For some reason, the volume limit with USB-C and my Samsung tablet is so low that I have to push the volume to 100%.
What device are you using?
Solitaire T support Bluetooth codecs SBC, AAC, aptX and aptX HD.
Obviously to get high-res audio you'll need high-res source and technology that can transmit that source.
Here are the specs for the various Bluetooth codecs:
|Codec||Bit depth||Sampling rate||Bitrate|
|SBC||16 bit||48.0kHz||320 kbps|
|AAC (Apple)||16 bit||44.1kHz||264 kbps|
|aptX||16 bit||48.0kHz||352 kbps|
|aptX HD||24 bit||48.0kHz||576 kbps|
|aptX LL||16 bit||44.1kHz||352 kbps|
|aptX Adaptive||16 or 24 bit||44.1, 48, 96 kHz||279 kbps to 420 kbps|
|LDAC||24 bit||96kHz||330/666/990 kbps|
|LHDC||24 bit||96kHz||400/560/900 kbps|
A common definition for high-res audio is the audio should be recorded with a sample rate and bit depth higher than 44.1kHz/16-bit (CD quality). According to Sony, high-res audio files have a sampling frequency of 96 kHz/24 bit.
I used the iPhone and Samsung tablet for the tests and Bluetooth codecs used are AAC and AptX respectively. While those Bluetooth codecs aren't as high-res as AptX HD or LDAC, the audio still sounds amazing. If you want push Solitaire T to the best of its potential, you need the appropriate equipment. The thing is, even without the right equipment, because the headphones are so good, music can still so real good. With these headphones, you'll know whenever you're listening to music that requires higher fidelity or music that's poorly recorded.
Unfortunately there isn't LDAC so I could not test the LDAC from my Samsung Tab S8 Ultra.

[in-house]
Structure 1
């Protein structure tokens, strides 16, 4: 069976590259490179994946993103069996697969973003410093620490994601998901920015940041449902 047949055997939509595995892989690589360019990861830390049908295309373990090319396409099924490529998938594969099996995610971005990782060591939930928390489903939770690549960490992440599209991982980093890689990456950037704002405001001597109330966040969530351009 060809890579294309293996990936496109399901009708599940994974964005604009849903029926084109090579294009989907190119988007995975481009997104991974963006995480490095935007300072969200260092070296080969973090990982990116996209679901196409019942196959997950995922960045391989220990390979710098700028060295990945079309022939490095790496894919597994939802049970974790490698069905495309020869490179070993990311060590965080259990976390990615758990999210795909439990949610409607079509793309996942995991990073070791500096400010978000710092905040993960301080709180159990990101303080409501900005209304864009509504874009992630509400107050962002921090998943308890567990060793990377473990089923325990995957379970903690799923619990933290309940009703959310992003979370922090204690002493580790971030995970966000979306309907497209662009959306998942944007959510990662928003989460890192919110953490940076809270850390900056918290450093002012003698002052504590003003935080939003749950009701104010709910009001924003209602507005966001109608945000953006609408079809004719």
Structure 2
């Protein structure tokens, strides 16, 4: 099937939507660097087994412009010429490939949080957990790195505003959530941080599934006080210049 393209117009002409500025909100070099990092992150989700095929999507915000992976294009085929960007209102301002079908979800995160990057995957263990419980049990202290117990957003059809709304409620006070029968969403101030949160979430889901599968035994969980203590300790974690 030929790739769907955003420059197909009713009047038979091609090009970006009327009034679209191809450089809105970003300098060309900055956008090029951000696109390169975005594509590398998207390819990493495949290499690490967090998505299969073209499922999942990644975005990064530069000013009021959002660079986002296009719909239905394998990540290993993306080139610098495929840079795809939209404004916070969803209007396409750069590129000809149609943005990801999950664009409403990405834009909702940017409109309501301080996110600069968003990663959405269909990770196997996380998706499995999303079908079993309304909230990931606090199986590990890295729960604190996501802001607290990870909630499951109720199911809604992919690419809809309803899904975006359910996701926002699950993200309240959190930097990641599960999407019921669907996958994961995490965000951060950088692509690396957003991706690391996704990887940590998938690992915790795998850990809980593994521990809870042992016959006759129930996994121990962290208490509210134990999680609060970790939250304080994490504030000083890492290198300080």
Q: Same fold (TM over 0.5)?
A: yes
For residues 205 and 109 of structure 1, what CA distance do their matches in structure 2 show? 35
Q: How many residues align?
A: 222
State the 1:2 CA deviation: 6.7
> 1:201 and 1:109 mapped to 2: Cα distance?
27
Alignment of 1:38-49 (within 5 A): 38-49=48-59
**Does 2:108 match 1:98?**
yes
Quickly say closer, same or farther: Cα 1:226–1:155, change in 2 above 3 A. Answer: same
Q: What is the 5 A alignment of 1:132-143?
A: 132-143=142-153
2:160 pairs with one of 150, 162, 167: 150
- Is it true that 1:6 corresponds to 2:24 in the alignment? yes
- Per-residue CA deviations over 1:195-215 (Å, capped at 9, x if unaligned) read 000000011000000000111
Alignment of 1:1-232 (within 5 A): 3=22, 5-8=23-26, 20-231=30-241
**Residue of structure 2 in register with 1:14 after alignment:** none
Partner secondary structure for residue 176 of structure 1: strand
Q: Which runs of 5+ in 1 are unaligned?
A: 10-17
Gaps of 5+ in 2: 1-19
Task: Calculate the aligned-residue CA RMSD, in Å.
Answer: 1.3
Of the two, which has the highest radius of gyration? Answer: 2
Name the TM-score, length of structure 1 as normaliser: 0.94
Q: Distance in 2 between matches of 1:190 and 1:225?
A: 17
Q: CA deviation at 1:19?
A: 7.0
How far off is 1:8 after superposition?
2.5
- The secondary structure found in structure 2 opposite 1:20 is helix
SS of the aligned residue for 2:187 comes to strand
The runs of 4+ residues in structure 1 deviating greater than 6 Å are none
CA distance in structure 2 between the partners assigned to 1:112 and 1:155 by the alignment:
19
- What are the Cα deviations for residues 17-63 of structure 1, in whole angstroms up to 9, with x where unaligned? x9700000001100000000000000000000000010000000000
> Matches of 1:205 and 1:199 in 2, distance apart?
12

If you stream music online, it's best to see if those music streaming services can actually offer high-res music streaming.
It is possible to connect the headphones to 8 devices with Bluetooth, but you cannot connect to more than one device simultaneously. To switch between devices, you have to disconnect the current device before connecting to the next device.
You can pick up incoming calls by touching the touchpad.
Call quality is alright, pretty standard. It sounds like you're calling from a phone. Noise canceling works fine.
For some reason, I wasn't able to use the mics to record voice memos.
T+A Solitaire T is a beautiful pair of headphones with amazing audio quality through Bluetooth connection and cable. The sound is slightly warmer, not slightly warm, and are especially great for vocals and makes it comfortable for long listening sessions. I listen to mostly instruments and I enjoyed every second.
The main downside is you have to be more careful when folding these because of the many contact points that can create scratches.
As for whether this is worth the US $1600 or SGD 2590, you can decide based on the findings I've presented. I highly recommend you test them before buying unless you have a good return policy from the store.
Oh, definitely research more reviews online. And if you're at an audio shop, compare different headphones.
Pros and cons at a glance
+ Beautiful understated design
+ Good fit and comfort
+ 326g is lightweight enough
+ Excellent audio quality for Bluetooth and cable connection
+ Can listen for long periods without fatiguing
+ Decent soundstage for closed-back headphones
+ Decent noise cancelling
+ Bluetooth connection is really fast after power on
+ All necessary cables included
+ Headphones have both audio jack and USB-C
+ Has built in DAC
+ Touch playback controls work well
+ 70hr battery life, 35hr with High Quality Mode
+ Battery is replaceable
+ Durable carrying case included
+ Headphones is foldable and very adjustable
+ Ear cup leather padding is replaceable
- Folding design has many metal contact points that can scratch
- Volume extremely low with Transparency Mode
- App has limited features
- No LDAC
Check with your local audio shop.
If you're in Singapore, you can find test the T+A Solitaire T at these locations:
Clarity Group showroom
1 Coleman Street #03-36,
T: (65) 6333 0010
1 Coleman St, #01-25